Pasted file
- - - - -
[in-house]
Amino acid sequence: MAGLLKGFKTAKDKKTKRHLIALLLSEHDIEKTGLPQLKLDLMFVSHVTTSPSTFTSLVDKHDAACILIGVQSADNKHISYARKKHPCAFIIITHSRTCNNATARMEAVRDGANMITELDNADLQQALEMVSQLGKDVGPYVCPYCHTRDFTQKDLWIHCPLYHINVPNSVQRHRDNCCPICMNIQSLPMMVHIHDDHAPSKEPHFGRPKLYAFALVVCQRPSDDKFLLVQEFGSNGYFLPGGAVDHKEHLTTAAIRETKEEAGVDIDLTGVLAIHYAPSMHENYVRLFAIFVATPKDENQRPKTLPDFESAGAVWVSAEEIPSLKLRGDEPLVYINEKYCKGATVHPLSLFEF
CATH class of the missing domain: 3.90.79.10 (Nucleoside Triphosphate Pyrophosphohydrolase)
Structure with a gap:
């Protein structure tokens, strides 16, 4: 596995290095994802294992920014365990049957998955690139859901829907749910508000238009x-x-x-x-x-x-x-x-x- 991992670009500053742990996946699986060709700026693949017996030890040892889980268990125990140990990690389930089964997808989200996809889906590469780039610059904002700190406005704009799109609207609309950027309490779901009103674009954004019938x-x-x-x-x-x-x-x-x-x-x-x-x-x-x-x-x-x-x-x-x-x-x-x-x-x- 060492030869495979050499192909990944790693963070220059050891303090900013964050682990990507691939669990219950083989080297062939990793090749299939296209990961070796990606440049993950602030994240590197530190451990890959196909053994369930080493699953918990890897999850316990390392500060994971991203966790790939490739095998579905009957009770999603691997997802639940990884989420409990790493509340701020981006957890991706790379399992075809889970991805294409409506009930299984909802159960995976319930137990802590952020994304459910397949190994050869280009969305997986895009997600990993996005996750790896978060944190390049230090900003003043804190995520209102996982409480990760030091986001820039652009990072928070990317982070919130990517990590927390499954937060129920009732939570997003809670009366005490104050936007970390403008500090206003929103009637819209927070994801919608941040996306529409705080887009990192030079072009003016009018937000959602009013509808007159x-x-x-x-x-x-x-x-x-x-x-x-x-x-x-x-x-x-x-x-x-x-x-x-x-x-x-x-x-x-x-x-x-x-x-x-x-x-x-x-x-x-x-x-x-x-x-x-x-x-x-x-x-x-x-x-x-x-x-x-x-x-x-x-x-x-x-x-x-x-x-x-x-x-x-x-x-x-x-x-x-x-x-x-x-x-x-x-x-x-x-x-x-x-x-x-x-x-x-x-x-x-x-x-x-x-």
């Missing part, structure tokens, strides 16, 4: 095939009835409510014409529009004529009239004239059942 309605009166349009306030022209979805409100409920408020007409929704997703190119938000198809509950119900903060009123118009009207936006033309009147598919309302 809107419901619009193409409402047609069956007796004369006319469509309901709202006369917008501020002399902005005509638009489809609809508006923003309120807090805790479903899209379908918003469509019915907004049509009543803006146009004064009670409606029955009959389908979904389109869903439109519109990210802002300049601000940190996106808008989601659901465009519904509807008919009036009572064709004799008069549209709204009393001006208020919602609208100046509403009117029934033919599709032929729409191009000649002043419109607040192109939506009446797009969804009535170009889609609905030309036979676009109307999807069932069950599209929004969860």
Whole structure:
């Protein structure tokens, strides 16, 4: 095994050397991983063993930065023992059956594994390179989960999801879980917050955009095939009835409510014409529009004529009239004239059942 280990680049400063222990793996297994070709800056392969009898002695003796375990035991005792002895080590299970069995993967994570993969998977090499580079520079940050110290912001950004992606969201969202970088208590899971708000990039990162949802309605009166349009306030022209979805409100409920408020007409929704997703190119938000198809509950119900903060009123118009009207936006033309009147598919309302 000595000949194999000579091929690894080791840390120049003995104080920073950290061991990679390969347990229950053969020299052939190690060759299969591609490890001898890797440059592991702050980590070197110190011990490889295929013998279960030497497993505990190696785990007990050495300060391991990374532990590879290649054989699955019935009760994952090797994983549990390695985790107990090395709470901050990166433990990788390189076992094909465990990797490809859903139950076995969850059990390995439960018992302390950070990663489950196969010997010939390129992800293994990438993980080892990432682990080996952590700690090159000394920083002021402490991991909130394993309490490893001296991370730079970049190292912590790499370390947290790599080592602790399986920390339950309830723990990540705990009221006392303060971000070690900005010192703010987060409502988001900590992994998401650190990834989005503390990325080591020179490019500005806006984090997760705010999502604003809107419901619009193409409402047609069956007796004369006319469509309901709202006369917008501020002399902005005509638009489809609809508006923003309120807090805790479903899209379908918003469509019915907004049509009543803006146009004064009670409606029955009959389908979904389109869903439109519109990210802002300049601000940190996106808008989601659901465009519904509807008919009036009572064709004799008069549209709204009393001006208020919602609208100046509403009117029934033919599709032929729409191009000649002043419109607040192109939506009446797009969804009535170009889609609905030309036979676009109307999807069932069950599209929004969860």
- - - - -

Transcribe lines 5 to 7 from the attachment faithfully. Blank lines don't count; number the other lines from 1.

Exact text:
């Protein structure tokens, strides 16, 4: 596995290095994802294992920014365990049957998955690139859901829907749910508000238009x-x-x-x-x-x-x-x-x- 991992670009500053742990996946699986060709700026693949017996030890040892889980268990125990140990990690389930089964997808989200996809889906590469780039610059904002700190406005704009799109609207609309950027309490779901009103674009954004019938x-x-x-x-x-x-x-x-x-x-x-x-x-x-x-x-x-x-x-x-x-x-x-x-x-x- 060492030869495979050499192909990944790693963070220059050891303090900013964050682990990507691939669990219950083989080297062939990793090749299939296209990961070796990606440049993950602030994240590197530190451990890959196909053994369930080493699953918990890897999850316990390392500060994971991203966790790939490739095998579905009957009770999603691997997802639940990884989420409990790493509340701020981006957890991706790379399992075809889970991805294409409506009930299984909802159960995976319930137990802590952020994304459910397949190994050869280009969305997986895009997600990993996005996750790896978060944190390049230090900003003043804190995520209102996982409480990760030091986001820039652009990072928070990317982070919130990517990590927390499954937060129920009732939570997003809670009366005490104050936007970390403008500090206003929103009637819209927070994801919608941040996306529409705080887009990192030079072009003016009018937000959602009013509808007159x-x-x-x-x-x-x-x-x-x-x-x-x-x-x-x-x-x-x-x-x-x-x-x-x-x-x-x-x-x-x-x-x-x-x-x-x-x-x-x-x-x-x-x-x-x-x-x-x-x-x-x-x-x-x-x-x-x-x-x-x-x-x-x-x-x-x-x-x-x-x-x-x-x-x-x-x-x-x-x-x-x-x-x-x-x-x-x-x-x-x-x-x-x-x-x-x-x-x-x-x-x-x-x-x-x-």
């Missing part, structure tokens, strides 16, 4: 095939009835409510014409529009004529009239004239059942 309605009166349009306030022209979805409100409920408020007409929704997703190119938000198809509950119900903060009123118009009207936006033309009147598919309302 809107419901619009193409409402047609069956007796004369006319469509309901709202006369917008501020002399902005005509638009489809609809508006923003309120807090805790479903899209379908918003469509019915907004049509009543803006146009004064009670409606029955009959389908979904389109869903439109519109990210802002300049601000940190996106808008989601659901465009519904509807008919009036009572064709004799008069549209709204009393001006208020919602609208100046509403009117029934033919599709032929729409191009000649002043419109607040192109939506009446797009969804009535170009889609609905030309036979676009109307999807069932069950599209929004969860």
Whole structure: